Before my run I did a little reading on NY Times, because I like to have something to ponder as I pound away the miles. Sort of like in high school when the English teacher would give a writing prompt in order to force you into creating some literary awesomeness (my teacher's would be so proud of my use of language). I do this for two reasons:
  • Keeps my brain from thinking about running. Kind of like highway hypnosis. Thinking about abstract ideas takes all the mental energy that I would use to think, "Why am I doing this?", "How can I create a shortcut on my route and get home to watch Dancing With the Stars on Time?", or, "Am I crazy?" and puts that energy into more meaningful topics. For example, "How can I reduce my environmental impact?", "What new and healthy recipe can I use to entice my office mates?", or, "Did I TiVo Dancing with the Stars?"
  • Thinking about a prompted topic keeps me from accidentally singing out loud to the tunes on my iPod. That is more for everyone else's sake rather than my own.
The NY Times article that peaked my interest today was on weight classes in road races. Why it interested me was because I would currently fall under the women's weight class for a Clydesdale, if not at least an Athena. But not just that, I would have also fallen under this category when I was much fitter in high school.

Never one to really think dwell on weight so much as feeling healthy and fit, I've also never run a road race with the intention of winning. My goal is generally to stay in my PR range and enjoy the energy and fun of running along side others. And the cool swag, I love me some race t-shirts.

In high school I lovingly referred to myself as the mule. Never a sprinter by any stretch of the imagination, but I could finish any long distance run our coach threw at us. To me, fast was fast, and finishing was finishing. But I never put myself into a weight class.

The concept was not foreign though, even as a teenager I listened as two of my best friends would talk about weighing in for Power Lifting competition. Their sport recognized that there was a difference in performance between size, enough to justify different weight classes. However, I also learned of the pressure they faced before each competition to maintain their current weight, because even gaining a couple pounds. Because if they were pumped up into the next weight class, they would be on the low end and that could throw them off, not only physically but mentally as well.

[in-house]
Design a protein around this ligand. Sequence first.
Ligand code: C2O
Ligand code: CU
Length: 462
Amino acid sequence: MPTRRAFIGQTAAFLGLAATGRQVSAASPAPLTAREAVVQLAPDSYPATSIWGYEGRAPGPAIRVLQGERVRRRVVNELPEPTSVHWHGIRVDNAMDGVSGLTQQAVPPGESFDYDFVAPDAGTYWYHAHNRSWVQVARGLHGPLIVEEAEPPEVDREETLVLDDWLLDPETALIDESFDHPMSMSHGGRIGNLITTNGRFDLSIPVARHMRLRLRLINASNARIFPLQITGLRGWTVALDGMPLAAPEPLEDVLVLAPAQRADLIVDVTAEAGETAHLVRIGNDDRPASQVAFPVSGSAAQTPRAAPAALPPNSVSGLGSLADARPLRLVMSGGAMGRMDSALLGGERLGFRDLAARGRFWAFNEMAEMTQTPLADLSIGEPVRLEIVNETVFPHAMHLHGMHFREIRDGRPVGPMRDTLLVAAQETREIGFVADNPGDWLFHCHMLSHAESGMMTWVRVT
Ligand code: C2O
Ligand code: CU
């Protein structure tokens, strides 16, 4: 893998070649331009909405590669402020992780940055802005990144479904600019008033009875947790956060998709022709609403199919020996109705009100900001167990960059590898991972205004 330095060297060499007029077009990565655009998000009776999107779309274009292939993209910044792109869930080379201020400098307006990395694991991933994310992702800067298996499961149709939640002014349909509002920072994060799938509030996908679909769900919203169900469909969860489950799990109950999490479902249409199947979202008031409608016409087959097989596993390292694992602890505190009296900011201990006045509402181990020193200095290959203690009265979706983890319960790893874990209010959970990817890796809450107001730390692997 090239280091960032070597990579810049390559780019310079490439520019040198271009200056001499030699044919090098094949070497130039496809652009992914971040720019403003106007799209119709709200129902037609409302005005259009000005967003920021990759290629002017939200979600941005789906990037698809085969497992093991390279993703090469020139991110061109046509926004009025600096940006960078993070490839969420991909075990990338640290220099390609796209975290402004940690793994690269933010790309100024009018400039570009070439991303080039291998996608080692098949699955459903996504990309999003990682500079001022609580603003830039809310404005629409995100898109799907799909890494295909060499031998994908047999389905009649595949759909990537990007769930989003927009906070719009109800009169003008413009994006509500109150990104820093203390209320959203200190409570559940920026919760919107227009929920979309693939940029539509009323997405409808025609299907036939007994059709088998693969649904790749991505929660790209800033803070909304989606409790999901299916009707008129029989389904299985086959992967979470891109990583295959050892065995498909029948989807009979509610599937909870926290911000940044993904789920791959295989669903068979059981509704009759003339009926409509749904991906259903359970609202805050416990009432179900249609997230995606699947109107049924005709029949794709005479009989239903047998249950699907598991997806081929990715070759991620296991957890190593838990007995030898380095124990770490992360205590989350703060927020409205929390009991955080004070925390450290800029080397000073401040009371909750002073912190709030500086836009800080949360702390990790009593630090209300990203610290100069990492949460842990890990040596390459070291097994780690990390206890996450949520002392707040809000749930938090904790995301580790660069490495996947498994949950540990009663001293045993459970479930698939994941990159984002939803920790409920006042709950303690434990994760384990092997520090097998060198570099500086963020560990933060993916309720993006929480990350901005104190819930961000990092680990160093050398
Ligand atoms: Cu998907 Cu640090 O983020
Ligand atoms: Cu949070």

All this thought provoking internal monologue carried me through mile two of my run. Then Kat DeLuna started belting out "Whine Up" and I started to jam along proving the second bullet point up top to be absolutely accurate. Inner dialog momentarily put on hiatus.

I finished my daily running and ponder time with a wild berry protein smoothie. Then I flipped on "Dancing with the Stars" and settled in for my final thoughts on my mental running prompt.


Which brings me to my parting analysis. Quite honestly, I really do not have a strong position formed on Clydesdale racing. I know there is a distinct advantage to small, lean racers. However, winning is not why I run. Even when I was younger I ran more to beat my own personal best rather then to race the pack. But that does not necessarily mean that is how everyone else sees this. Some folks want fairness, but on the flip side other folks do not want to be classified.

Its the competitive versus those folks just going out to have fun. I fall on the side that just wants to be healthy and enjoy myself. None of the races in my area have really offered this option for racing, but I will be interested to see if in the coming years if it gains popularity, that it pops up at more races.


On a side note, happy "International Walk to School Day!" If I had kiddos, I would definately make them lace up their tennis shoes and trudge it to class.


Pita + Hummus { Part 2 ::: The Hummus }


This is the easy-peasy version of Hummus. I like it no fuss and a bit mild--mind you, not bland but mild. And it has the two thumbs and toe up from all of my office mates, including the hummus connoisseurs as well as those who swore up and down that they did not like hummus.

The Cast:
  • 15.5 oz can chickpeas (garbanzos) - drained but save the juice
  • 1 lemon
  • 1/4 cup tahini
  • 2 cloves garlic
  • 1/2 tsp salt
  • 2 tbsp olive oil
  • 1/4 cup chopped parsley
The Method:

In a food processor add the can of drained chickpeas and aprox. 1/4 cup of the juice from the chickpea can. Cut the lemon and squeeze the juice into the processor. Begin blending.


Add into the mix the 1/4 cup of Tahini, along with the salt. Tahini is a sesame seed oil, and tends to seperate in the jar, so it is a good idea to stir it up well before pouring into the food processor. Blend until smooth. If having a difficult time blending, pour in slowly some more of the juice from the chickpea can.